Announced in June, iOS 11 will finally be released to the public on Tuesday, September 19. Apple's latest mobile operating system boasts a bevy of enhancements, but in terms of initial impact, the most obvious change for app developers has been the entirely revamped App Store. In fact, this release marks the most significant overhaul to Apple's app delivery experience since its launch in 2008.
For all the promise to be found in the streamlined and more highly curated storefront, it may not ultimately be the watershed moment iOS 11 is known for when we look back at its release a few years from now. That distinction could very well go to something iOS users won't even know exists right away. We're talking about the ARKit framework, which may usher in a whole new era of games and apps that meld the mobile experience with the real world—or at least deliver a serious jolt to the fledgling medium of augmented reality (AR).
Many iPhone users got their first real taste of AR in July 2016 with the release of Niantic's Pokémon GO. It could even be said that the game's rudimentary AR functionality—which did little more than place Pokémon over a live view from the device's camera and track them in 3D space—was a significant contributing factor to it becoming a viral sensation with many casual and even non-gamers. More recently, Snapchat sparked its own viral AR sensation in the form of the Dancing Hotdog meme.
These examples represent the novelty of current-generation mobile AR. With the release of iOS 11, AR is becoming a core element of Apple's platform, with all the developer support and marketing might that brings with it. Yes, it's likely that the first weeks and even months of this new "age of AR" will see many more novelty uses of the technology ARKit provides—a much more convincing AR experience that is easier for developers to implement—but this is the norm with the launch of any new technology. We expect ARKit to enable developers to deliver hitherto impossible game and non-game experiences that will truly drive apps forward as a part of everyday life.
It goes without saying that an impressive new visual-based technology that allows for novel user interactions will alwats see its earliest implementations in games. Even Apple realizes that games will make the best case for its inclusion of ARKit in iOS 11 and used several of them to demo the technology at its recent September 2017 product showcase.
The Machines from Directive Games (above) showed an experience built from the ground up for ARKit on iOS, using it to place the playing field of a strategy game directly into the real world, allowing players to change camera angles and zoom simply by changing their device's position "in real life". This is more than just a neat trick, as it promises to revolutionize in-game cameras which, even on touch-based devices, are still cumbersome and finicky even in 2017. Another title demoed by Apple, 2015's Warhammer 40,000: Freeblade from Pixel Toys, will integrate ARKit in a more subtle way, enabling players to place robots and other characters from the game into the real world for photo taking.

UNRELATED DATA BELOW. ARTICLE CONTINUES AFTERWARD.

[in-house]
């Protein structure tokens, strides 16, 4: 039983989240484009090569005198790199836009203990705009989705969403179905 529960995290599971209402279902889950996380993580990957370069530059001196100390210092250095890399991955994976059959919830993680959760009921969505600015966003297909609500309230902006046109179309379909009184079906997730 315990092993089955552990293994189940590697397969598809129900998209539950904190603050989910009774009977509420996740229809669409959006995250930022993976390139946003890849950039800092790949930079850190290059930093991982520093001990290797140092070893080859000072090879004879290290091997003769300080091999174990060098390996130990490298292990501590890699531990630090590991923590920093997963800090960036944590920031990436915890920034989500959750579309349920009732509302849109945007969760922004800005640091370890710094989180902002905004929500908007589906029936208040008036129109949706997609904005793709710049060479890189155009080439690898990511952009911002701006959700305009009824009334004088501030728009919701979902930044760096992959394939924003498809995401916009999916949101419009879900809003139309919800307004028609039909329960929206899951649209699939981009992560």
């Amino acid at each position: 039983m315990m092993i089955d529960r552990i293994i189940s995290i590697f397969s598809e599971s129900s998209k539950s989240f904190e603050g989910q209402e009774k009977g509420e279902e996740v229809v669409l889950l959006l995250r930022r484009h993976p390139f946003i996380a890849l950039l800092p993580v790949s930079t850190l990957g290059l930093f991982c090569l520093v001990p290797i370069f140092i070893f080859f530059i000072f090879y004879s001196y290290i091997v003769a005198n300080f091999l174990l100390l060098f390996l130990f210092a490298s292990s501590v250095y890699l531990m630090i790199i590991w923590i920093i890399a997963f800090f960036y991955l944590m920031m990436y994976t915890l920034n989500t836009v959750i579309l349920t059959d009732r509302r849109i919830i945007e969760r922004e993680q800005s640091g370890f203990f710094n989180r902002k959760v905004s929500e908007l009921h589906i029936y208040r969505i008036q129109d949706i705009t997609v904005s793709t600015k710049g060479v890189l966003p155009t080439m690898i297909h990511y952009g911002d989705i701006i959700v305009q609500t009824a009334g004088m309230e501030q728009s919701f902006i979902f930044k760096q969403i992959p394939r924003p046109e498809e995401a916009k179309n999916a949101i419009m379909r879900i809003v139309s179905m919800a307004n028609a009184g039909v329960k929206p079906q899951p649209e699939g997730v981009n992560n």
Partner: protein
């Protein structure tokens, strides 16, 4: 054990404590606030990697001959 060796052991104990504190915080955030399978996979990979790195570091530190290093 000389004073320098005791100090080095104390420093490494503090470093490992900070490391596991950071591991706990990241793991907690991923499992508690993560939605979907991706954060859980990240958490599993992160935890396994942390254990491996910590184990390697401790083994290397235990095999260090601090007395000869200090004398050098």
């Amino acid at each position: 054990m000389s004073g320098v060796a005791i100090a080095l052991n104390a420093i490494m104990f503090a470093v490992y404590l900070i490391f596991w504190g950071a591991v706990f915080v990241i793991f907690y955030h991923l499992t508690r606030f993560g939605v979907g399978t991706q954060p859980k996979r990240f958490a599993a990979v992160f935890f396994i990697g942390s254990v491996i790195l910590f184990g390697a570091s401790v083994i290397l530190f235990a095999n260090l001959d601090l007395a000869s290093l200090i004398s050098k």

Beyond these examples, we've already seen dozens of novel new AR-based game concepts floated by iOS developers large and small on forums, YouTube, and Twitter. If these ideas an be nurtured into fully realized games that deliver content to back up their concepts, and if Apple makes the big AR push on the App Store and elsewhere as we expect it will, developers who ride this epoch from its earliest days could reap significant rewards.
Of course, any app can implement ARKit technology, and we've already seen many example of non-game apps that are using it to good effect. Furniture and home decor retailer IKEA is proving this with its straightforward yet well-executed ARKit driven app called Place. As illustrated in the screenshot below, the app will enable users to place furniture and other items from the company's catalogs directly into their home in order to see if they'd be a good fit. This has been tried before, but Apple's ARKit tech brings a far greater level of believability to the effect than we've seen thus far.
We expect there to be many smaller apps that attempt to address everyday needs through AR, such as automatic measurements of objects or taking even more of the guesswork out of finding where you're going. It may seem like games are where all the excitement will be at, but we honestly think some of the most compelling cases for Apple's AR push will come from the non-game realm.
There are fewer than 10,000 apps on the eve of iOS 11's launch that feature some degree of AR functionality. We expect this number to grow exponentially over the coming months, driven by ARKit, and will be tracking this emerging category of apps very closely along the way.